Allergic conjunctivitis involves inflammation of the conjunctiva in the eye. The conjunctiva is a see-through sheath covering the white region of the eye and outlines the interior of the eyelids.
Once the conjunctiva is inflamed, the white of the eye is reddened. It is important to note that conjunctivitis is the expected diagnosis if an individual has a red eye along with discharge. When it comes to allergic conjunctivitis, it is a non-infectious type and brought about by a reaction once the eye surface is exposed to an allergen.
What are the possible causes?
Allergic conjunctivitis can be brought about by an hypersensitivity reaction usually to an airborne allergen. This allergen triggers the swift release of chemical mediators including histamine in just minutes of exposure. In chronic cases, it is often called keratoconjunctivitis since it also involves the cornea.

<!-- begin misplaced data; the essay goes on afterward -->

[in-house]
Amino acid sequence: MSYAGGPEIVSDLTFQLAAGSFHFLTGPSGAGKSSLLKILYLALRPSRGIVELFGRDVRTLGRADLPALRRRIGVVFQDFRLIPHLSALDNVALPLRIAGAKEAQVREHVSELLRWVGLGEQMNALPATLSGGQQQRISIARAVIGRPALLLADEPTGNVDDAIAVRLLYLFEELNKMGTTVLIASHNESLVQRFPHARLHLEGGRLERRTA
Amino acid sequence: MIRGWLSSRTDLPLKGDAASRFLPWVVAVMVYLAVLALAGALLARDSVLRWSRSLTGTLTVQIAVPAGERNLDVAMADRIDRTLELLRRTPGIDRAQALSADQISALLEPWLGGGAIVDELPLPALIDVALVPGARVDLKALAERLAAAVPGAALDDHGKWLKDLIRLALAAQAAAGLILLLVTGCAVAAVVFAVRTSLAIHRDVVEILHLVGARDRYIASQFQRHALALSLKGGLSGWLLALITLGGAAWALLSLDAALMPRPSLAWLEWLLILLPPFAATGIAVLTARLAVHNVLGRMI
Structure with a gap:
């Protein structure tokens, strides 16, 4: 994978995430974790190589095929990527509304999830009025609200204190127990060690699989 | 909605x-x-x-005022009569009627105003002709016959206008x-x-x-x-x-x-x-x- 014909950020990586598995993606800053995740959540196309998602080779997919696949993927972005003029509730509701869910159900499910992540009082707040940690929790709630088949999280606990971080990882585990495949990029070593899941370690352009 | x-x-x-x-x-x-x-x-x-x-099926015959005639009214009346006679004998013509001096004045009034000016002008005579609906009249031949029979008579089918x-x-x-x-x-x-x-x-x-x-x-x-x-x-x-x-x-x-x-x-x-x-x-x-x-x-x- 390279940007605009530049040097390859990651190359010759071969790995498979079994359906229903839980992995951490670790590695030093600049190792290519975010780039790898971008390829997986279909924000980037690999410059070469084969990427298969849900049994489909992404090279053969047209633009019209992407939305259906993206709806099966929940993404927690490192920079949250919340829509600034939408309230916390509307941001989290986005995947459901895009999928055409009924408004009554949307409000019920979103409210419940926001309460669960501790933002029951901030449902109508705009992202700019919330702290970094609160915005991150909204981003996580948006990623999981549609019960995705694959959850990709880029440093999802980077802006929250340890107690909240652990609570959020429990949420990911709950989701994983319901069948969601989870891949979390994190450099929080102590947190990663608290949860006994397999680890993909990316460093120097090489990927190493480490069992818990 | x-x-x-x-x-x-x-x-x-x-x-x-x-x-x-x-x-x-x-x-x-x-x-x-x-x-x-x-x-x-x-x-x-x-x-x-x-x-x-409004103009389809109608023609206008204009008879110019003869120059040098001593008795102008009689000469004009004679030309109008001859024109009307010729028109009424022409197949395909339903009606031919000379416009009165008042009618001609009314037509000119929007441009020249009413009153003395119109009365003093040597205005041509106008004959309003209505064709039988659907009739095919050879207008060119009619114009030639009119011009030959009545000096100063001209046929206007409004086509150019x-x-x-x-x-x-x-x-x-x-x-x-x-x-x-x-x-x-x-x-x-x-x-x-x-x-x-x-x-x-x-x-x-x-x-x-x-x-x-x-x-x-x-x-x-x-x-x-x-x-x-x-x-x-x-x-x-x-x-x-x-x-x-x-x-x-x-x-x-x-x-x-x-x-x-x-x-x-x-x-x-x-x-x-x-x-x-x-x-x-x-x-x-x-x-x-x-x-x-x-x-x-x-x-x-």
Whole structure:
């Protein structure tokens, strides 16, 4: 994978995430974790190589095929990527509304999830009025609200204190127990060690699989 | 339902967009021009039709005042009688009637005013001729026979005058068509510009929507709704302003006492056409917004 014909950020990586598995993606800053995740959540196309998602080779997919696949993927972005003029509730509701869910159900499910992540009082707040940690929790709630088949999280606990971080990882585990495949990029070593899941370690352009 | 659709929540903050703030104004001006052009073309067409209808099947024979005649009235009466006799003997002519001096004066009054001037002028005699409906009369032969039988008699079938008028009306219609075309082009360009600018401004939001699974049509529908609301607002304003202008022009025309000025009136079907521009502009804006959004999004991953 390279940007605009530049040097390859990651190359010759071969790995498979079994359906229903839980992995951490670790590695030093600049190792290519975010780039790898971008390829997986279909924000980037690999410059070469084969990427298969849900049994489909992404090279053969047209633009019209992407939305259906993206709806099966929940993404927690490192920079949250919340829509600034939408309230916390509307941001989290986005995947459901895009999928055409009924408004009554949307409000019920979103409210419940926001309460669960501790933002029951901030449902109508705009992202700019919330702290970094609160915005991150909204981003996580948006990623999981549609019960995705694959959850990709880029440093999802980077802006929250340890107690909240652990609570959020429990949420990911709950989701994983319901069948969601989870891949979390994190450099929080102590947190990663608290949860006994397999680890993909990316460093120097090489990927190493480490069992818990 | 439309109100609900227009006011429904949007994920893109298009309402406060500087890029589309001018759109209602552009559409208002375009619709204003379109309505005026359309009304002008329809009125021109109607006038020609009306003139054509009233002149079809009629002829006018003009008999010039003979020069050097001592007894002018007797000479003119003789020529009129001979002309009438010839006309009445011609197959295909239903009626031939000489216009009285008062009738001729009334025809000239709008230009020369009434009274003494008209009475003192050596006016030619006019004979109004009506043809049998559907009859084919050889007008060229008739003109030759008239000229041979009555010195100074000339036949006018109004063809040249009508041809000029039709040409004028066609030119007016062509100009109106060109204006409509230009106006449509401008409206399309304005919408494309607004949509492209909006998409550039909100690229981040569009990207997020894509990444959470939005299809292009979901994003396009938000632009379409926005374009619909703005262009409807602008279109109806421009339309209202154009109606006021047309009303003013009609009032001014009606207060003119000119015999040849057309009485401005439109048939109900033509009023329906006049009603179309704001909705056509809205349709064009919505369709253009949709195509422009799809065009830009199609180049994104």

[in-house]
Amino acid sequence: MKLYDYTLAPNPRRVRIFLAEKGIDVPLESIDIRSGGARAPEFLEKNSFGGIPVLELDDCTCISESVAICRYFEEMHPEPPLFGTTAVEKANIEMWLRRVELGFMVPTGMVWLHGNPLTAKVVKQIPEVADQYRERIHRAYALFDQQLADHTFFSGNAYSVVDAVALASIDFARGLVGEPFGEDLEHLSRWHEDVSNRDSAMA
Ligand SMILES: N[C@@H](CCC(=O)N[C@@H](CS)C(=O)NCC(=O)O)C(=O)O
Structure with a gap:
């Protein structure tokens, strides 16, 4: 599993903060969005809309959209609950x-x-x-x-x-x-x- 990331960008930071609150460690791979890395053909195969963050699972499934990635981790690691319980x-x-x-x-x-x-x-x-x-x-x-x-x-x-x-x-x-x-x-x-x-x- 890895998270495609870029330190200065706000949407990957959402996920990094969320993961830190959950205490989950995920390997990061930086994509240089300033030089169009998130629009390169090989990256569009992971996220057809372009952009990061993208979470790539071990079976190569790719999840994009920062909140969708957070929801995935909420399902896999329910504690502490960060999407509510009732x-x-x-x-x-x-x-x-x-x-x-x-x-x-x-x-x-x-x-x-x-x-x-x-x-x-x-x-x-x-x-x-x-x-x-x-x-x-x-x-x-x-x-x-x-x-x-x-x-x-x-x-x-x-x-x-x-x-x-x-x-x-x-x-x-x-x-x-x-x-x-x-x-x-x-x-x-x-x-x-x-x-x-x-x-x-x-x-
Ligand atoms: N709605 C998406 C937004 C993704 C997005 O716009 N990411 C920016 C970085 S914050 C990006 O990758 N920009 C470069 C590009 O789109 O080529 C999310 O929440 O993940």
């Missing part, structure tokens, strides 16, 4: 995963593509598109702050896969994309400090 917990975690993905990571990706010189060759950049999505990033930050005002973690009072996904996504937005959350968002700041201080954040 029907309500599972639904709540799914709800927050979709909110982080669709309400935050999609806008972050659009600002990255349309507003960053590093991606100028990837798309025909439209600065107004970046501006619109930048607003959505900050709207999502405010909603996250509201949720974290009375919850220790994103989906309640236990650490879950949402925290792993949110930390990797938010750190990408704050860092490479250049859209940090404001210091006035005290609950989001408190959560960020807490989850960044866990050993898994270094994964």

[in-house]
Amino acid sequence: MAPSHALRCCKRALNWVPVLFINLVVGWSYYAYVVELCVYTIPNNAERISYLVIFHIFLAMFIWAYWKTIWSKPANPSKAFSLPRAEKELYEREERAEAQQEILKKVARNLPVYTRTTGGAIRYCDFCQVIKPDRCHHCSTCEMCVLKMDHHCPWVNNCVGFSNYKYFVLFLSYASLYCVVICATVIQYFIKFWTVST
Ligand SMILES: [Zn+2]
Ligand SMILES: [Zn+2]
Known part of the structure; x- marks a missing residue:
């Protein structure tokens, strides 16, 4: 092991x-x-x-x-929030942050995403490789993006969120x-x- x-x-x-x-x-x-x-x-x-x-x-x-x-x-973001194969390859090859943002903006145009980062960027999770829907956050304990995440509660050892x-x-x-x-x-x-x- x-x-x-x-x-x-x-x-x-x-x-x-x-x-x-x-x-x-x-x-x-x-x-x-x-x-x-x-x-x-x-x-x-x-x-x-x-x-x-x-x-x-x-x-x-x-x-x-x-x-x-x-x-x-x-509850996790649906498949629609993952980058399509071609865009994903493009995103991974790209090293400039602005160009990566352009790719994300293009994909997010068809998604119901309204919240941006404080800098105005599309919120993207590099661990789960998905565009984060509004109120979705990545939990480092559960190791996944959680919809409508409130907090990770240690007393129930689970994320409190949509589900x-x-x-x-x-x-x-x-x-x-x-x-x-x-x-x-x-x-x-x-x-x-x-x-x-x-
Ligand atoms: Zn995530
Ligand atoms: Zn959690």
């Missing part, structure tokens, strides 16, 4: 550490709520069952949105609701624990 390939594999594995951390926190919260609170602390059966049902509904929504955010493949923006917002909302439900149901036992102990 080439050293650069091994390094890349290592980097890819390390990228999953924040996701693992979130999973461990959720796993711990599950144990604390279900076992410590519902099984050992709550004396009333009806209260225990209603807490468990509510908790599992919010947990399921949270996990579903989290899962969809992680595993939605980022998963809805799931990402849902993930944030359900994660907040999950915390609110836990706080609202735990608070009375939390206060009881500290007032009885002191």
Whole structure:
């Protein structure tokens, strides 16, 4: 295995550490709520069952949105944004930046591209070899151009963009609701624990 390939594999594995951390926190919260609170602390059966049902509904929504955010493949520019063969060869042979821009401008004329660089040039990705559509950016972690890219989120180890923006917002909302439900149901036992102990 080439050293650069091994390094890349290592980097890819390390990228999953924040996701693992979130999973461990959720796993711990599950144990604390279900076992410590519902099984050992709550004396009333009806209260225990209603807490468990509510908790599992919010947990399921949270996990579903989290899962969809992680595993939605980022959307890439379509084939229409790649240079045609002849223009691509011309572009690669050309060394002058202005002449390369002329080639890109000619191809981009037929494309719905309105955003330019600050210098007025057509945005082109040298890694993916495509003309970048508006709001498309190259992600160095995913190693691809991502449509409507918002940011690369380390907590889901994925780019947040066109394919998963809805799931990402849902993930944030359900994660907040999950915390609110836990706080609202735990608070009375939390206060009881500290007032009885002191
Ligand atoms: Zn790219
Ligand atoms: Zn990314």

Indications of allergic conjunctivitis
It is important to note that all forms of conjunctivitis are characterized by the following:
- Reddening and drainage in one or both eyes
- Diffused redness around the globe including the base of the upper and lower lids
- Adhesion of the lower and upper eyelids upon waking up in the morning
When it comes to allergic conjunctivitis, it is distinguished by the following:
- Bilateral redness and watery drainage
- Recent exposure to an allergen
- Association with asthma, hay fever and/or eczema
- Evident edema of the conjunctiva in some cases
Allergic conjunctivitis is managed with the following:
- Avoidance of the allergy triggers
- Proper management of allergic rhinitis with oral antihistamines, saline eye drops, intranasal corticosteroids and antihistamine eye drops.
- Avoid using contact lenses until the condition has completely settled.
- Avoid using eye drops that contain preservatives
The non-steroidal anti-inflammatory drugs such as ketorolac and steroid eye drops or systemic glucocorticoids are oftentimes utilized under the instructions given by the doctor.